Electro-Optical Sciences (EOS; Irvington, New York) has reported positive top-line results of its pivotal trial of MelaFind, a non-invasive, point-of-care device intended to assist in the early detection of melanoma.

The blinded study, conducted at seven U.S. centers, included 1,831 pigmented skin lesions from 1,383 patients, making this the largest prospective study ever conducted in melanoma detection, according to the company. EOS said it is working to complete its pre-market approval application and expects to file with the FDA soon.

MelaFind features a hand-held imaging device that emits light of multiple wavelengths to capture images of suspicious pigmented skin lesions and extract data. Using sophisticated algorithms, the data are then analyzed against a proprietary database of melanomas and benign lesions in order to provide information to assist in the determination of whether the lesion should be biopsied.

Prior to the start of the study, EOS and the FDA entered into a binding protocol agreement to stipulate the sensitivity and specificity endpoints that should be used to determine the safety and effectiveness of MelaFind, the company said.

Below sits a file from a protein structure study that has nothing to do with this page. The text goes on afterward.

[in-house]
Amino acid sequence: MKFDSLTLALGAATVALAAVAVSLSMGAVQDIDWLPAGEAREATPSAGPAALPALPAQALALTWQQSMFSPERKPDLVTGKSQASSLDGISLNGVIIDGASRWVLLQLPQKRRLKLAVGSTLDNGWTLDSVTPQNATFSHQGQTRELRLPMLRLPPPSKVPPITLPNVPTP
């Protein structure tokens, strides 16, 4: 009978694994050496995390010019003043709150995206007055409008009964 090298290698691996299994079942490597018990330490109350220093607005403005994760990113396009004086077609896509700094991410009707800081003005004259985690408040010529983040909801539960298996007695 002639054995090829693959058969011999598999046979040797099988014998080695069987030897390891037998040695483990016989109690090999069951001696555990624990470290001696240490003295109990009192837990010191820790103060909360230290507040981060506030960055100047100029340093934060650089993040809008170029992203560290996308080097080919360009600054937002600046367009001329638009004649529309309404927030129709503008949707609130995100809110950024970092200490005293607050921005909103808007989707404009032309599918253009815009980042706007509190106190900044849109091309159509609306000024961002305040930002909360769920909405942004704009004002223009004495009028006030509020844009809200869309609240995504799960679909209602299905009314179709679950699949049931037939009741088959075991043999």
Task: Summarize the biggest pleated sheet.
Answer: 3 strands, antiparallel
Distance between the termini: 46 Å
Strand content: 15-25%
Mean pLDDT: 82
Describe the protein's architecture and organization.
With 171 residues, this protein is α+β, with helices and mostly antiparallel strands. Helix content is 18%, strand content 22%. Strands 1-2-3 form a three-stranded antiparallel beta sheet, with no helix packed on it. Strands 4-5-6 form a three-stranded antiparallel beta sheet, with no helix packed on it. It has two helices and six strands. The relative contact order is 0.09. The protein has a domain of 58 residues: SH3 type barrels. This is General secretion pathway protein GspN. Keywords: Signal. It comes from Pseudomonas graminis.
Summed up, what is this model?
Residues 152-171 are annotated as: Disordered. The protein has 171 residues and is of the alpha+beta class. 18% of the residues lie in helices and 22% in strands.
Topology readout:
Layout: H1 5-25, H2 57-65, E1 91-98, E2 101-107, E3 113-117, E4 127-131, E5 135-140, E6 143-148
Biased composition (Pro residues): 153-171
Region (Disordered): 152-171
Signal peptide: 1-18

MelaFind detected 112 of 114 (98% sensitivity; lower confidence bound of 95%) melanomas that were eligible and evaluable for primary sensitivity endpoint analysis, and 125 of 127 (98% sensitivity; lower confidence bound greater than 95%) melanomas overall. The protocol agreement calls for sensitivity endpoints of greater than 95% lower confidence bound.

According to the company, MelaFind's specificity, the ability to accurately rule out disease, was significantly superior (9.5%) to that of the study dermatologists (3.7%), who are skin cancer experts (p-value less than 0.02). The protocol agreement calls for MelaFind to be more specific than the study physicians at a p-value of less than 0.05.

Today, physicians primarily rely on surface analysis of the skin and a method known as the ABCs of melanoma, a mnemonic for recognizing moles and growths that might be cancerous by evaluating its asymmetry, border, color, diameter and elevation.

Joseph Gulfo, president/CEO of EOS, told Diagnostics & Imaging Week that the doctors who came up with the ABCs of melanoma challenged the company's founders to develop a computer vision system that could improve early detection of the deadly skin disease. That was 11 years ago, he said.

In addition to the company being born out of a medical need, knowing that one American an hour dies of melanoma – and knowing that it's virtually 100% curable if caught early – makes having an impact on this disease something that is "near and dear to our hearts," Gulfo said.

"The medical need of this disease is something that energizes us, it is something the project was born out of, these results mean that MelaFind is ultra, ultra sensitive . . . much more sensitive than other methods," he said.

Gulfo also said it was impressive how difficult the lesions in the trial were. Although the company is still waiting on final statistics, he said he expects "very impressive numbers" on the high percentage of lesions that met several of the ABC criteria.